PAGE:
You’ll notice that on each line are a presentation and the words “exercise 1,” “exercise 2,” etc.  There are exercises contained in each of the presentations.  The only reason you would need to click on “exercise 1,” etc., on the main page is if the links in the presentation don’t work for you.


  1. Compositions.  Students registered for 2002 and above are normally required to submit compositions.  A student’s grade will be lowered by a letter for every assigned composition he fails to turn in.  Compositions affect the student’s grades only if he is making errors completely unacceptable at that level (e.g., writing “Juan’s libro” instead of “el libro de Juan”).  Students at the 2201/2202 level are expected to have mastered all the grammar from the lower levels and demonstrate that mastery in their compositions.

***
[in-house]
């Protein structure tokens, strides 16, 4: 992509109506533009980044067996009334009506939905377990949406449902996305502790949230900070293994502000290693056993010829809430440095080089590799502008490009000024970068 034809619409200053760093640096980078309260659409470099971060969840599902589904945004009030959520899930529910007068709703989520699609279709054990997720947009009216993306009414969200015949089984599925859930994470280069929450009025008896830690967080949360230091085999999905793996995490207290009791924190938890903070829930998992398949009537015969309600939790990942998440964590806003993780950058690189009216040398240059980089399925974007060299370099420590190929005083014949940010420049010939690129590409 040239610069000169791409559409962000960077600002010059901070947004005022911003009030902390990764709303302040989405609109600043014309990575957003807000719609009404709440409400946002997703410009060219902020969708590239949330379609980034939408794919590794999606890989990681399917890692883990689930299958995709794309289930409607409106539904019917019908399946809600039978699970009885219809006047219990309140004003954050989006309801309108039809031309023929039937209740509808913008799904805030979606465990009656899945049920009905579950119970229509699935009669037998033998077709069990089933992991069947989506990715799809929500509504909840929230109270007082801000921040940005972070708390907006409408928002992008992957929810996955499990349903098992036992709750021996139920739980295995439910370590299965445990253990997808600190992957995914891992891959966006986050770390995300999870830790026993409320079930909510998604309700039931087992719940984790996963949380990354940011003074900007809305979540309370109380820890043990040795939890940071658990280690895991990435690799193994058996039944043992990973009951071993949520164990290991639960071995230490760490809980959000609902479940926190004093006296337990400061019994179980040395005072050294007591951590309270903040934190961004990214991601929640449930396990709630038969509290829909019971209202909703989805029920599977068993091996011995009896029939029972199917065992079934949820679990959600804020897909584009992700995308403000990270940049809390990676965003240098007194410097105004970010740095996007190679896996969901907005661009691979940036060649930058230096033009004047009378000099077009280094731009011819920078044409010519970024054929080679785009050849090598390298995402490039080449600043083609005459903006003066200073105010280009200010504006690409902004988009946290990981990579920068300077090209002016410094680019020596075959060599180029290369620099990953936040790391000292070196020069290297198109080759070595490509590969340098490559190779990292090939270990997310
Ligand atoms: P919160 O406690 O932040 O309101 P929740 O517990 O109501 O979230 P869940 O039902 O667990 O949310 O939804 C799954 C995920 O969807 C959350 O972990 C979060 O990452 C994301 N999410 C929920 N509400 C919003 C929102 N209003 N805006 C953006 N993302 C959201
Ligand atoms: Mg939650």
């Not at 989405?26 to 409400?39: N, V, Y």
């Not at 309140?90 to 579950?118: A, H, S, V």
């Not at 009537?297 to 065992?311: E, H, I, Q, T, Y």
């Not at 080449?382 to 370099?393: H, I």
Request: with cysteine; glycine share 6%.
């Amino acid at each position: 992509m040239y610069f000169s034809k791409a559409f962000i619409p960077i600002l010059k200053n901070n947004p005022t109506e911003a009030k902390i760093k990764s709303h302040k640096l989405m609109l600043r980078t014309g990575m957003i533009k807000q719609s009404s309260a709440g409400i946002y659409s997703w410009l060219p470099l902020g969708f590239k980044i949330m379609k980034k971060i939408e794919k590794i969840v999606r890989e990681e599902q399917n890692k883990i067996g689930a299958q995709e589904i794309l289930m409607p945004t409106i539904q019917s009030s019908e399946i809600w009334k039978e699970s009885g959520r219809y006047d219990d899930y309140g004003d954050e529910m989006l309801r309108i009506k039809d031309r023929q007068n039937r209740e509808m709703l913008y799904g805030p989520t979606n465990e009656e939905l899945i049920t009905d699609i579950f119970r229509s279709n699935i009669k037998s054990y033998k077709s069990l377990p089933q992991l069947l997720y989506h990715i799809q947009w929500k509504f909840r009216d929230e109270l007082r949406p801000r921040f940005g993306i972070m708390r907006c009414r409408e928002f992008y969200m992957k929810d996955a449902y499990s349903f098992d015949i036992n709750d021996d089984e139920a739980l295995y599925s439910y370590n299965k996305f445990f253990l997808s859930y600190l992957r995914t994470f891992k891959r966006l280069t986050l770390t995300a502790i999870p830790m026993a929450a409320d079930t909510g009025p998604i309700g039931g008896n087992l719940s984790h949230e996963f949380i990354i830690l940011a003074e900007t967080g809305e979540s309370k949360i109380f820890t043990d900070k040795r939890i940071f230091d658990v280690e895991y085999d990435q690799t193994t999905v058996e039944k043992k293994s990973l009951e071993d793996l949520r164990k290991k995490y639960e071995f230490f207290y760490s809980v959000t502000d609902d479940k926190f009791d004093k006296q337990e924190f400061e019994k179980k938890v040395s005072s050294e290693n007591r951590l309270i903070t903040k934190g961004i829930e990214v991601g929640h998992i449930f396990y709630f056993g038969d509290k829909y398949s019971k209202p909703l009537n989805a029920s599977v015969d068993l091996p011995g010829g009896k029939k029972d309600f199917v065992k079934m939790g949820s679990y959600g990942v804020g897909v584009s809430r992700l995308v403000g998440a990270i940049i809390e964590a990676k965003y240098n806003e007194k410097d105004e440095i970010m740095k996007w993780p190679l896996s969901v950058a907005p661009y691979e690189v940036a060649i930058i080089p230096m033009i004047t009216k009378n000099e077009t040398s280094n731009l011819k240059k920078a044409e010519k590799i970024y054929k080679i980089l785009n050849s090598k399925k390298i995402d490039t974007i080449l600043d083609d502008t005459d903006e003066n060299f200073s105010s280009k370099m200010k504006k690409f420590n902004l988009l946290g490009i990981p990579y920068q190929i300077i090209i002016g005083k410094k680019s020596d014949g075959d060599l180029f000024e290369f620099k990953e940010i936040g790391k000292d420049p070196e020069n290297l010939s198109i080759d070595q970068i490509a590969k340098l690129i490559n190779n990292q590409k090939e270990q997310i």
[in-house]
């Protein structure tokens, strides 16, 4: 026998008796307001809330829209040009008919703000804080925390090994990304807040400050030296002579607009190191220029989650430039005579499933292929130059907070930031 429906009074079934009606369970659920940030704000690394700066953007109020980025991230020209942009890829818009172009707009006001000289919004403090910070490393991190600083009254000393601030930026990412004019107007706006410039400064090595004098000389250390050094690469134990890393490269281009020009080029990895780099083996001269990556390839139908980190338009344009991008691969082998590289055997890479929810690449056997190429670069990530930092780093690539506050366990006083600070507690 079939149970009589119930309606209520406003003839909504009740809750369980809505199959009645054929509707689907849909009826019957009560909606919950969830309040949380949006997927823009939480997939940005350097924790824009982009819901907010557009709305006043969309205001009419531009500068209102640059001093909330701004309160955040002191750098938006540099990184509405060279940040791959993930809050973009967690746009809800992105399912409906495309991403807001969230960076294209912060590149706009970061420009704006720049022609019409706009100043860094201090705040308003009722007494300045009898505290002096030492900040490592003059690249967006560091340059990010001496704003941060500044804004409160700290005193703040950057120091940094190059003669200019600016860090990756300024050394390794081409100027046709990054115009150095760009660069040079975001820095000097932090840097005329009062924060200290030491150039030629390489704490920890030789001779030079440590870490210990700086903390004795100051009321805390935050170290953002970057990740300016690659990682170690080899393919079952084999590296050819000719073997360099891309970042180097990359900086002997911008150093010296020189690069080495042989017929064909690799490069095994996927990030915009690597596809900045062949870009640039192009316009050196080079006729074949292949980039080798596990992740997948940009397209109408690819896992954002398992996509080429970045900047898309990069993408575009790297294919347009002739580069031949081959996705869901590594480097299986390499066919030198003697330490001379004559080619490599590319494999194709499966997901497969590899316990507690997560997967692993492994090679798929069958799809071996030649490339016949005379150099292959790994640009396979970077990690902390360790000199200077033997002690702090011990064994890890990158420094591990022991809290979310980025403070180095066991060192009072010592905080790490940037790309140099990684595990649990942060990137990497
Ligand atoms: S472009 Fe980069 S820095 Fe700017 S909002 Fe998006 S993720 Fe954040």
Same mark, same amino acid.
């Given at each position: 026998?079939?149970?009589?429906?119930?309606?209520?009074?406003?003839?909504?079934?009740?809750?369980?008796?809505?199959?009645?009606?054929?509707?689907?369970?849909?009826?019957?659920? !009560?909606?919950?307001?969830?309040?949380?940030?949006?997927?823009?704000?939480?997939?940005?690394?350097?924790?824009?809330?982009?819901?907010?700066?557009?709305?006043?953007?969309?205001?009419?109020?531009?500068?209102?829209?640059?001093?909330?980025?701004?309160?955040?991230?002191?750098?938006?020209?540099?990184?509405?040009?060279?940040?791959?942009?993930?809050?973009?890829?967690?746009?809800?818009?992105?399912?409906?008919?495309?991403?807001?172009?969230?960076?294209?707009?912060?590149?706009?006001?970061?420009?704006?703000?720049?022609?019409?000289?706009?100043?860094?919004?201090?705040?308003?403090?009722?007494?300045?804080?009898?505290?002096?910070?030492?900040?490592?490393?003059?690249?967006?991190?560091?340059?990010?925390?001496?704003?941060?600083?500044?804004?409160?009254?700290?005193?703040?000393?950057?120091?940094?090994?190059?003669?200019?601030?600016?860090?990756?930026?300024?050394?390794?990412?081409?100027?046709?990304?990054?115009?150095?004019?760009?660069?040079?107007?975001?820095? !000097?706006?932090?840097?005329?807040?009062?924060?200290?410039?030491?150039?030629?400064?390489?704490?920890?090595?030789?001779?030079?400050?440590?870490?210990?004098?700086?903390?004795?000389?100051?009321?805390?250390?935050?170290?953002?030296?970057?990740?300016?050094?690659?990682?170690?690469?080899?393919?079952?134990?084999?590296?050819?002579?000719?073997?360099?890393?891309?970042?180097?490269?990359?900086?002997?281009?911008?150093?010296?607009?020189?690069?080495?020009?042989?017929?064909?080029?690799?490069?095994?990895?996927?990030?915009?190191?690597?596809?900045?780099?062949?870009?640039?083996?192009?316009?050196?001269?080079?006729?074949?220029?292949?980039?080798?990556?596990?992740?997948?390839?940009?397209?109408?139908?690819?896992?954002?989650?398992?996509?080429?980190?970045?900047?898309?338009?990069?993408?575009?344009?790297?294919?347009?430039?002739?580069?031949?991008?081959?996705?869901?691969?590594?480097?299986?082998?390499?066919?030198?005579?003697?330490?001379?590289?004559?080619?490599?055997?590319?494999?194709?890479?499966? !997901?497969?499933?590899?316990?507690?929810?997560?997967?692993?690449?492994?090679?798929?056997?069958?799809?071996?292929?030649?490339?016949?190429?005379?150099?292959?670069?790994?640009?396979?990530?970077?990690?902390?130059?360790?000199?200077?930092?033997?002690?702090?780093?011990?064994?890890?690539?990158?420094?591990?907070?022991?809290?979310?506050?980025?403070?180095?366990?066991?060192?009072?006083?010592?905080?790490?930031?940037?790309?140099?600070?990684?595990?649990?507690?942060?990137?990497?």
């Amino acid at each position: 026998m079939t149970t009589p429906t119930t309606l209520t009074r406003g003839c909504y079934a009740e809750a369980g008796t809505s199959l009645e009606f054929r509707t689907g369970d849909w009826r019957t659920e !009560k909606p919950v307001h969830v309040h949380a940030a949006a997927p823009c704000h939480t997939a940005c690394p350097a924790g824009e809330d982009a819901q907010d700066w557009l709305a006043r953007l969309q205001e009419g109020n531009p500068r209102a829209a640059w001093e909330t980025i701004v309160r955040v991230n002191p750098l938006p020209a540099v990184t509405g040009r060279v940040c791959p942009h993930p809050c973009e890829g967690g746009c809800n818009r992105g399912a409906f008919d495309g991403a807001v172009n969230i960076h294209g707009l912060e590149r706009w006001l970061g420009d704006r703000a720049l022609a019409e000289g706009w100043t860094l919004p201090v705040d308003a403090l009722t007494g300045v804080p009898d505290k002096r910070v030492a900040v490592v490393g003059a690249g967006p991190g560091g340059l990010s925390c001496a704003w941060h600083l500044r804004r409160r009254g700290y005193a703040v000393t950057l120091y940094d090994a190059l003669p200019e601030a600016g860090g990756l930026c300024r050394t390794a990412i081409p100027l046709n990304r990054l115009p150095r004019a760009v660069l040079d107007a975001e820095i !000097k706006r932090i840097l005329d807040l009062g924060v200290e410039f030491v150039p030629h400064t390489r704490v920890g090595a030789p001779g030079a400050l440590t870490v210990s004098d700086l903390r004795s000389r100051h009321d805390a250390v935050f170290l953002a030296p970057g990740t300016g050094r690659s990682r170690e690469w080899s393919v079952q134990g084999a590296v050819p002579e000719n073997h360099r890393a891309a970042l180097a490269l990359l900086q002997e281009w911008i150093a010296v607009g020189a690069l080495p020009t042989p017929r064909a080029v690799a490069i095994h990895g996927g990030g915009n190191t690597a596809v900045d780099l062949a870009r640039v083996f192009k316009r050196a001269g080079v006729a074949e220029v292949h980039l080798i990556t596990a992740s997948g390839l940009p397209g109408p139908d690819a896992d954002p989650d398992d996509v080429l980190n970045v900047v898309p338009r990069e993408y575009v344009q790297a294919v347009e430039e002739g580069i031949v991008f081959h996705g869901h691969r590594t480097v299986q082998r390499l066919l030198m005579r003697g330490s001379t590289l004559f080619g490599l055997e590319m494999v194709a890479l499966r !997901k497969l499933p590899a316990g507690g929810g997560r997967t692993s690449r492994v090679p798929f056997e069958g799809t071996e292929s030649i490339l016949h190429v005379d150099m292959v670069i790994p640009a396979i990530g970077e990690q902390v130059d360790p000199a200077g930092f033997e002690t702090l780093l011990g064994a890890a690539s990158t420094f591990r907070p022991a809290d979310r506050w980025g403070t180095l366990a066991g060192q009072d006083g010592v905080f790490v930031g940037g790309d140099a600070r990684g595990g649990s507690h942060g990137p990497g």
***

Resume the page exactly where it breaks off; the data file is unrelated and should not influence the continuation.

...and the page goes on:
1. Journal.  Students are required to keep a journal and write at least 150 words in it three times a week.  The student’s grade will be lowered one letter grade if he fails to meet with this expectation.


  1. Visits to places of cultural interest.  Students will be taken on 7-8 required excursions to places of cultural interest (museums, parks, churches, palaces, etc.) and will be required to participate in at last one other excursion if the group goes out of town on a weekend.  Students are also usually required to go on one weekend excursion unless they are out of town all weekend.  Excursions usually include 7-8 of the following:



Modernist Walk

Roman Walk

Sagrada Familia